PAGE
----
With this year’s Group 3 Carlin & Gazzard Mount Gambier Cup attracting a sufficient number of greyhounds to run seven heats, the Calcutta auction at Tara Raceway on Friday night looked set to be a night of spirited bidding.
The Calcutta, with the exception of a couple of recent Covid years, had always been part of the Mount Gambier Cup, right back to its beginnings in 1981 when the winner Tara Topar was sold for $100 in a Mount Gambier woolshed.
And despite a perceived lack of interest in this year’s Calcutta, Mount Gambier Greyhound Racing Club (MGGRC) officials had been confident that “everything would be right on the night.”
After all, the event had been well planned. MGGRC club manager Mark Dwyer had the catering covered while Kevin “KD” Douglas (MC), Chris Manser (auctioneer) and Adrian Jones (computer) had been involved with Calcuttas of all codes since the year dot.
But, as start time approached, they did ponder the possibility of whether there would be sufficient people in attendance to make the Calcutta work.
In fact, Douglas, Manser and Jones did more than just ponder the possibility. Douglas actually spoke publically to attendees in regard to the Calcutta options – one of them being that the event be cancelled.
Surely not – we were talking more than 40 years of history here!
Whether the Calcutta continued eventually went to a vote, those present opting to proceed but reminded that to make it work all 56 cup greyhounds would be required to be “sold” at the auction.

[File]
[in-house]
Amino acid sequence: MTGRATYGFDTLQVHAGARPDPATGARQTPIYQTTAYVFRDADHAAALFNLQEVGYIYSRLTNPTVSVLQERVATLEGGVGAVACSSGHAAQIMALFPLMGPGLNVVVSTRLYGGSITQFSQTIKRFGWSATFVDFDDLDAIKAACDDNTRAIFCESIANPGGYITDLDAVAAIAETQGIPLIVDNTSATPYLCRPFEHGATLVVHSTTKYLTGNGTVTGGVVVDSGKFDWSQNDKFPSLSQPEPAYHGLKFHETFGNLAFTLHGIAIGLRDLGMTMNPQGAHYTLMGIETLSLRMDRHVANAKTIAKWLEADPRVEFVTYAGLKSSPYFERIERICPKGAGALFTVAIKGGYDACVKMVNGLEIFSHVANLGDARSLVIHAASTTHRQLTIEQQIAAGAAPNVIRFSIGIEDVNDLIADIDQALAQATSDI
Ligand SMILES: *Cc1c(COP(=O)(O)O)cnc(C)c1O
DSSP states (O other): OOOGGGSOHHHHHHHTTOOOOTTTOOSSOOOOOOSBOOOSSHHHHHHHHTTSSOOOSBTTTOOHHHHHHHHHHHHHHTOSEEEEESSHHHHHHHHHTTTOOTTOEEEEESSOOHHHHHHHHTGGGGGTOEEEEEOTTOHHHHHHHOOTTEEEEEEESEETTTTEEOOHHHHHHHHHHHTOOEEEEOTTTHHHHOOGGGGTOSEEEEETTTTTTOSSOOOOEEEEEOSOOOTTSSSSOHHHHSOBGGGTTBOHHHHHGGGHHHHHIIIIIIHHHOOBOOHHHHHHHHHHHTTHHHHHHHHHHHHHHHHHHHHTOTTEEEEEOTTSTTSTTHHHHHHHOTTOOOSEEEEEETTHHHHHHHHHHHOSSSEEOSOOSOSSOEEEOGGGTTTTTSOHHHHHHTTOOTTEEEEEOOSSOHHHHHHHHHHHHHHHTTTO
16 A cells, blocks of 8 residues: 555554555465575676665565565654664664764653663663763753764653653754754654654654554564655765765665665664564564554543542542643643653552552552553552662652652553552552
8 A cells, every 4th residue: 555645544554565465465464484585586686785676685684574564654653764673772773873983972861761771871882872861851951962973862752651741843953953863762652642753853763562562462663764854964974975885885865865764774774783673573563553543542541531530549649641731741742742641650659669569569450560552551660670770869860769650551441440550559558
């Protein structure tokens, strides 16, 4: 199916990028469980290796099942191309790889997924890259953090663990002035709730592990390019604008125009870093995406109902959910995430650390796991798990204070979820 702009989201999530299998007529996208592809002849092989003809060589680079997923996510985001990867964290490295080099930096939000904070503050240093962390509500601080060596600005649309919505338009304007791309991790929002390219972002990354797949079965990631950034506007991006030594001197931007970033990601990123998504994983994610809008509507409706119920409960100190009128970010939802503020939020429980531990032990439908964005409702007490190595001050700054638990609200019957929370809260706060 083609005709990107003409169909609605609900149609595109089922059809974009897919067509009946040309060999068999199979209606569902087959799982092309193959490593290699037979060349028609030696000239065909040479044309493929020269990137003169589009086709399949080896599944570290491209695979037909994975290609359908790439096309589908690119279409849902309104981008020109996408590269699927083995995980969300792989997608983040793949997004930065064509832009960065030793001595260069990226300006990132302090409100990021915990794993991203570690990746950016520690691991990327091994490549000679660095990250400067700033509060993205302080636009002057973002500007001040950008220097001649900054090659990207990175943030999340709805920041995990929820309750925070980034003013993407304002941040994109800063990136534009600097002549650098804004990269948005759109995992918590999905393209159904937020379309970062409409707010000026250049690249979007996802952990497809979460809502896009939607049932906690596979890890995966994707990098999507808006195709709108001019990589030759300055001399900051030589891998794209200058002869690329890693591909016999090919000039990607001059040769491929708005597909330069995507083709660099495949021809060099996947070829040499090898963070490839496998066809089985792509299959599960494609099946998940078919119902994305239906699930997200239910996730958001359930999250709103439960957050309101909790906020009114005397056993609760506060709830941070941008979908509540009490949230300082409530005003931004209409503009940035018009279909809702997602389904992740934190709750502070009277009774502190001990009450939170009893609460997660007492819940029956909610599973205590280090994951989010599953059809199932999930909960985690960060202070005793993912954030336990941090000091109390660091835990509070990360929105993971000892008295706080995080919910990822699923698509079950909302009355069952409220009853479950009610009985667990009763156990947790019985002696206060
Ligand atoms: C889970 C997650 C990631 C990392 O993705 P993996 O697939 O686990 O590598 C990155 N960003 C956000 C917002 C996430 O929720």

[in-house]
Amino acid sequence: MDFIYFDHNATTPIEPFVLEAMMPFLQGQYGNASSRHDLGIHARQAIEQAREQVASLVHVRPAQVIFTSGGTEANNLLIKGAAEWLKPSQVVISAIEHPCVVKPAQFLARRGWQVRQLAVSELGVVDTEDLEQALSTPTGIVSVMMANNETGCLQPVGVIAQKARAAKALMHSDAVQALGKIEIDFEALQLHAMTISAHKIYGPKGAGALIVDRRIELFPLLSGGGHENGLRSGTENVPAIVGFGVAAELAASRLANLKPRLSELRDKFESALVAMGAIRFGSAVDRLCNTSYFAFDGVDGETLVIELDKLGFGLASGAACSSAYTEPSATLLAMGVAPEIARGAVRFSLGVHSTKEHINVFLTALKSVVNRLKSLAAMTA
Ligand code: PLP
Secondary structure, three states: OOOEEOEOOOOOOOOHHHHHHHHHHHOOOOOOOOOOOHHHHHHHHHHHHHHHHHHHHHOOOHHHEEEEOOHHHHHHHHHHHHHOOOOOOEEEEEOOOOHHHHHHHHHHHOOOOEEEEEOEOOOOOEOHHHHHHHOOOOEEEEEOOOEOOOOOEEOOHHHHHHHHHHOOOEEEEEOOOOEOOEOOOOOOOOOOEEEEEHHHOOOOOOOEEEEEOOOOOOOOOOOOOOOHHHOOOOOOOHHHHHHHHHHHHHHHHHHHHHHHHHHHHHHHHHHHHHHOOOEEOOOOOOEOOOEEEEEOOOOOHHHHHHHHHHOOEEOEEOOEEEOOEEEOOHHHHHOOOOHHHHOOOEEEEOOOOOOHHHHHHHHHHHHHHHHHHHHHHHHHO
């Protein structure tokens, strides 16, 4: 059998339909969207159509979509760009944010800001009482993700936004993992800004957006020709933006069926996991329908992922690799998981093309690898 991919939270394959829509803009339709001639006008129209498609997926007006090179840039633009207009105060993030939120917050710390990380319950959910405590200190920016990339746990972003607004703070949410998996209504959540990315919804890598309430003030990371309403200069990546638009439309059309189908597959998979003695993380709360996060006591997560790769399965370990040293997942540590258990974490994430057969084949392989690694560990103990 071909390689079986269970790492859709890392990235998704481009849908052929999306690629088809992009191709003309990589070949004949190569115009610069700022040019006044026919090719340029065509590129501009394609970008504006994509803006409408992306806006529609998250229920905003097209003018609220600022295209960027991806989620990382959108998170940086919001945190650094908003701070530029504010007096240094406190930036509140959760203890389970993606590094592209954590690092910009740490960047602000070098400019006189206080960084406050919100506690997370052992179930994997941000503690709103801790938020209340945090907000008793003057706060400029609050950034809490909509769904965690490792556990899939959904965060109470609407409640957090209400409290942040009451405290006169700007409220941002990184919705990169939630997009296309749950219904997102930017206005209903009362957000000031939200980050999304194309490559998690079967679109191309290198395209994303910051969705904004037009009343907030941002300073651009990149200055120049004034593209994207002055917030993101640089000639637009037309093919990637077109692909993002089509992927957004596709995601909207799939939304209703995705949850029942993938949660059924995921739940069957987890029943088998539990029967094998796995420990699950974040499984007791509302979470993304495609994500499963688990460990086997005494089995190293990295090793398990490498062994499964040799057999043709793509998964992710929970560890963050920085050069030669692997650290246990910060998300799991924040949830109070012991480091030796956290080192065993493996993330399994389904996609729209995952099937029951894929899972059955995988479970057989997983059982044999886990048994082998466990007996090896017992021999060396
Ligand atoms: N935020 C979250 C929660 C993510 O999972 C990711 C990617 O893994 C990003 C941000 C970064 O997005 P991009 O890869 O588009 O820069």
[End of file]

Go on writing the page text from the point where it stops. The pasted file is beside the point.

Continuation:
As far as the auction was concerned the cup contenders had been arranged into four groups – the perceived best chances to be auctioned last.
And after greyhounds in the first two groups all sold, for amounts ranging from $5 to $190, it was clear the Calcutta was safe for another year.
Also, it was clear that there was still money around for the last grouping – seven greyhounds that collectively had won $600,000 in prize money.
In the end it was Sister Roberta, trained locally by Tracie Price, who attracted the most attention with a bid of $460. Another popular runner was Victorian greyhound Titan Blazer, trained by Daniel Gibbons and purchased for $450.
But well done to those who took the time to attend the night and then made the effort to ensure the Calcutta pool was a workable one.
That this year’s Calcutta final prize money compared favourably with other years – 1st $3032, 2nd $866, 3rd $433 – was a credit to all those in attendance.
Among those in attendance were locals Steve Bartholomew and his daughter Elysia whose long day had commenced with a trip to the Murray Bridge meeting with Devilish Child and Victor Alfred.
Devilish Child, a daughter of Blue Moon Rising and Galactic Destiny, brought up her third win from four starts when leading all the way in a grade six event over 395 metres.
And Victor Alfred, after quickly moving into second spot from box eight, finished powerfully in the home straight to also win a grade six over 395 metres. The 35 kilogram son of Elite State and Dusty Pearl has now won four races from nine starts.